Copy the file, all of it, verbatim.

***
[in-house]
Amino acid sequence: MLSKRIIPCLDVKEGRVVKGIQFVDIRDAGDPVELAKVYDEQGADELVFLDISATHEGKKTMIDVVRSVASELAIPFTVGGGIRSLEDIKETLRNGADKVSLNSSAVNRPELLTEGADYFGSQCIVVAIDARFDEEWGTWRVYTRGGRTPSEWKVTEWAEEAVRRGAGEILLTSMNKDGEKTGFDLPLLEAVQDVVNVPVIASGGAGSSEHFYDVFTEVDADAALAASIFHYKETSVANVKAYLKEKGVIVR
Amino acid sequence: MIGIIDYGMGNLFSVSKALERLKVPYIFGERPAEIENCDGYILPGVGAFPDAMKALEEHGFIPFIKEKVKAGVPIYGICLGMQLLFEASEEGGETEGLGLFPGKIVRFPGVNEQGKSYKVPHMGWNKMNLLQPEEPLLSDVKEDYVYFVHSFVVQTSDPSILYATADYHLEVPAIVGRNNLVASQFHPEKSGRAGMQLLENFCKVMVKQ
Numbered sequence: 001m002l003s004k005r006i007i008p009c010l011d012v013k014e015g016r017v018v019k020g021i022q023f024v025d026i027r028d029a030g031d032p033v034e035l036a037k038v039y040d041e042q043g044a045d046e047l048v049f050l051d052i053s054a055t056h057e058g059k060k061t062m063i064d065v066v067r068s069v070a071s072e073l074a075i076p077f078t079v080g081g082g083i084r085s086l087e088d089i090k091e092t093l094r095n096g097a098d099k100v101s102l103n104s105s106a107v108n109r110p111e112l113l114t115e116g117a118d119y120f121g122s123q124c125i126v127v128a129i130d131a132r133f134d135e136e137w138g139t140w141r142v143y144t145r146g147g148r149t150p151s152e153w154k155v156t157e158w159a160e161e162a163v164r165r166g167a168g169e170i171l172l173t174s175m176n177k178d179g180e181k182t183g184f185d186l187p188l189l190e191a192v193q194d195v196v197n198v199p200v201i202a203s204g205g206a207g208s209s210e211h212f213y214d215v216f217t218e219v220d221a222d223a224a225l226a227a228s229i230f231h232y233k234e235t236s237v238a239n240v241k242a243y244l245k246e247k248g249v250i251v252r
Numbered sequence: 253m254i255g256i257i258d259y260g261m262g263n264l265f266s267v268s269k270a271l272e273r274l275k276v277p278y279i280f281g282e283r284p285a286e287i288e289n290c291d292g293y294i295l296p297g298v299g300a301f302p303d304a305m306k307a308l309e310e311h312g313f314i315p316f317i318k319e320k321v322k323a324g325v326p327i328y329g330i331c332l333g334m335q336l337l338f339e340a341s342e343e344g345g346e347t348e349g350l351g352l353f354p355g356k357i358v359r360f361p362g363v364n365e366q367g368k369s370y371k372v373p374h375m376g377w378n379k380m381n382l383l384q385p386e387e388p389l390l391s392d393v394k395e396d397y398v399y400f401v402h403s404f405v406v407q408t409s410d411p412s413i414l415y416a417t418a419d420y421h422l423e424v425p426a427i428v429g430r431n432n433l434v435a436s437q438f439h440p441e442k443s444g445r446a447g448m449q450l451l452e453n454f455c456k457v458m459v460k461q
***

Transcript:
[in-house]
Amino acid sequence: MLSKRIIPCLDVKEGRVVKGIQFVDIRDAGDPVELAKVYDEQGADELVFLDISATHEGKKTMIDVVRSVASELAIPFTVGGGIRSLEDIKETLRNGADKVSLNSSAVNRPELLTEGADYFGSQCIVVAIDARFDEEWGTWRVYTRGGRTPSEWKVTEWAEEAVRRGAGEILLTSMNKDGEKTGFDLPLLEAVQDVVNVPVIASGGAGSSEHFYDVFTEVDADAALAASIFHYKETSVANVKAYLKEKGVIVR
Amino acid sequence: MIGIIDYGMGNLFSVSKALERLKVPYIFGERPAEIENCDGYILPGVGAFPDAMKALEEHGFIPFIKEKVKAGVPIYGICLGMQLLFEASEEGGETEGLGLFPGKIVRFPGVNEQGKSYKVPHMGWNKMNLLQPEEPLLSDVKEDYVYFVHSFVVQTSDPSILYATADYHLEVPAIVGRNNLVASQFHPEKSGRAGMQLLENFCKVMVKQ
Numbered sequence: 001m002l003s004k005r006i007i008p009c010l011d012v013k014e015g016r017v018v019k020g021i022q023f024v025d026i027r028d029a030g031d032p033v034e035l036a037k038v039y040d041e042q043g044a045d046e047l048v049f050l051d052i053s054a055t056h057e058g059k060k061t062m063i064d065v066v067r068s069v070a071s072e073l074a075i076p077f078t079v080g081g082g083i084r085s086l087e088d089i090k091e092t093l094r095n096g097a098d099k100v101s102l103n104s105s106a107v108n109r110p111e112l113l114t115e116g117a118d119y120f121g122s123q124c125i126v127v128a129i130d131a132r133f134d135e136e137w138g139t140w141r142v143y144t145r146g147g148r149t150p151s152e153w154k155v156t157e158w159a160e161e162a163v164r165r166g167a168g169e170i171l172l173t174s175m176n177k178d179g180e181k182t183g184f185d186l187p188l189l190e191a192v193q194d195v196v197n198v199p200v201i202a203s204g205g206a207g208s209s210e211h212f213y214d215v216f217t218e219v220d221a222d223a224a225l226a227a228s229i230f231h232y233k234e235t236s237v238a239n240v241k242a243y244l245k246e247k248g249v250i251v252r
Numbered sequence: 253m254i255g256i257i258d259y260g261m262g263n264l265f266s267v268s269k270a271l272e273r274l275k276v277p278y279i280f281g282e283r284p285a286e287i288e289n290c291d292g293y294i295l296p297g298v299g300a301f302p303d304a305m306k307a308l309e310e311h312g313f314i315p316f317i318k319e320k321v322k323a324g325v326p327i328y329g330i331c332l333g334m335q336l337l338f339e340a341s342e343e344g345g346e347t348e349g350l351g352l353f354p355g356k357i358v359r360f361p362g363v364n365e366q367g368k369s370y371k372v373p374h375m376g377w378n379k380m381n382l383l384q385p386e387e388p389l390l391s392d393v394k395e396d397y398v399y400f401v402h403s404f405v406v407q408t409s410d411p412s413i414l415y416a417t418a419d420y421h422l423e424v425p426a427i428v429g430r431n432n433l434v435a436s437q438f439h440p441e442k443s444g445r446a447g448m449q450l451l452e453n454f455c456k457v458m459v460k461q